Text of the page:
While the story is great in The Amazing Spider-Man, it’s the cast that really shines. Andrew Garfield is the perfect Peter Parker, embodying all the aspects of Peter’s persona: scientific genius, witty smartass, awkward ladies’ man, and the burdened hero. For the first time ever, I actually believed I was really watching Spider-Man in action. And as Spidey he does some of the coolest, most ingenious things with webbing, including making a series of webs to track vibrations in the sewers and a bandage to cover one of his wounds. Emma Stone really brought her A-game to the table as the adorable and admirable Gwen Stacy; gone are the days of the unlikeable shark-toothed bitch, Kirsten Dunst. Stone’s Gwen isn’t your average “damsel in distress”—her intellect rivals Peter’s and she’s able to defend herself. Her and Garfield’s chemistry in the film is incredible, so it’s easy to see how they became a real-life off-screen couple. The rest of the cast is rounded out by Rhys Ifans as Dr. Curtis Connors, Denis Leary as Captain Stacy, Gwen’s policeman father, Martin Sheen as a perfect Uncle Ben, Sally Field as an equally great Aunt May, Campbell Scott as Richard Parker, Peter’s lost father, Bollywood superstar Irrfan Khan as Dr. Rajit Ratha, Conners’ Oscorp superior, and Chris Zylka as Flash Thompson, Peter’s high school bully nemesis. The entire ensemble really sell the heart and soul of the story and all give excellent performances. It was kind of strange to see Denis Leary—who normally plays characters who are very anti-establishment—as a cop, but he owned the role. Also Stan Lee’s cameo is hilarious, and is probably my favorite of all the ones he has done. And if you’re wondering where Harry Osborn is, I assume he’s in a private school and will meet Peter in college in the next film. Makes sense.
Marc Webb really impressed me with how well he handled the action in the film. I knew the comedy and drama wouldn’t be an issue for him, but action scenes are complicated to film. This being only his second feature film, Webb has plenty of music videos under his belt, including the fantastic high school dramedy faux trailer he did for a My Chemical Romance video(yeah yeah, I know—you hate them; good for you). Plus his last name is fucking “Webb”, so I guess he had plenty of qualifications. The writing team did a pretty damn spectacular job adapting the story into a more modern, slightly more realistic(such is the way with comic book movies these days) version. The way Peter is written and how Garfield portrays him is just fantastic, which is something I felt Tobey Maguire never really accomplished in Raimi’s trilogy. The plot is great and very busy, but not to the point where it’s a jumbled mess—a lot just happens to be going on. There were a couple plot holes(what the hell happened to Dr. Ratha?) but otherwise it was really well-written and entertaining. Just don’t expect Pete’s origin to be wrapped up in this film—it’s already been confirmed that the origin story will continue throughout a trilogy. James Horner’s score is a particular highlight as well, perfectly matching the scenes and even adding a few musical sound effects.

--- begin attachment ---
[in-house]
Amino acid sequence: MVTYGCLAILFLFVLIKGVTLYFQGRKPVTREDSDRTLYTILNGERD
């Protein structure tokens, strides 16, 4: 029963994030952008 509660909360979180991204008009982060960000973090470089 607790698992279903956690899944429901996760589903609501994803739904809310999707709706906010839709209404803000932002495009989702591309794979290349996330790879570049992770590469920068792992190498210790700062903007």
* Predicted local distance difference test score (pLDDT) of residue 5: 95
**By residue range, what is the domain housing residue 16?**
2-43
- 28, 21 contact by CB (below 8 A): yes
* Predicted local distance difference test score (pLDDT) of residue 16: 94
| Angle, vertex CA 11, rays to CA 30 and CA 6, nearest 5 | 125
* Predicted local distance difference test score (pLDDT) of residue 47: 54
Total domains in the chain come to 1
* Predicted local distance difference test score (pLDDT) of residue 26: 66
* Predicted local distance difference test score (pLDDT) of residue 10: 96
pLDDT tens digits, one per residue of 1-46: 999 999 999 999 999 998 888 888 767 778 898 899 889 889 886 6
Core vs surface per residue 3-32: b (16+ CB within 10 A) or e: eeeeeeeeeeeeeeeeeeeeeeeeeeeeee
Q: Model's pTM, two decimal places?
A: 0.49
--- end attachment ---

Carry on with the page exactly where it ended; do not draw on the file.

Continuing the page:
The Amazing Spider-Man is simply the best Spider-Man film in existence, currently—it’s not perfect, but it comes damn close. It does justice to all the characters and Peter’s troubled beginnings. I’d go as far to say that this is the best superhero origin film I’ve seen, even over my previous favorite, Batman Begins, and the popular vote, Iron Man. It’s smart, funny, exciting, and full of heart—just wait until the bridge scene, you’ll love Garfield’s Peter Parker. As a huge Spidey fan, I’m stoked that they finally got the character and his story right. I hate to draw a line in the sand, but if you’re ignorant enough to skip this because of your blind loyalty for Raimi’s trilogy, then you simply are not a Spider-Man fan and you’re doing yourself a great disservice. I recommend seeing it in IMAX 3-D as I did; the 3-D is done pretty well—as it was shot in 3-D—and some of the pop-out effects are pretty incredible. If 3-D isn’t your thing, that’s fine, it’s still an excellent film. Now go out and support it so we can eventually see the most pivotal point in Spidey’s life—the night Gwen Stacy died!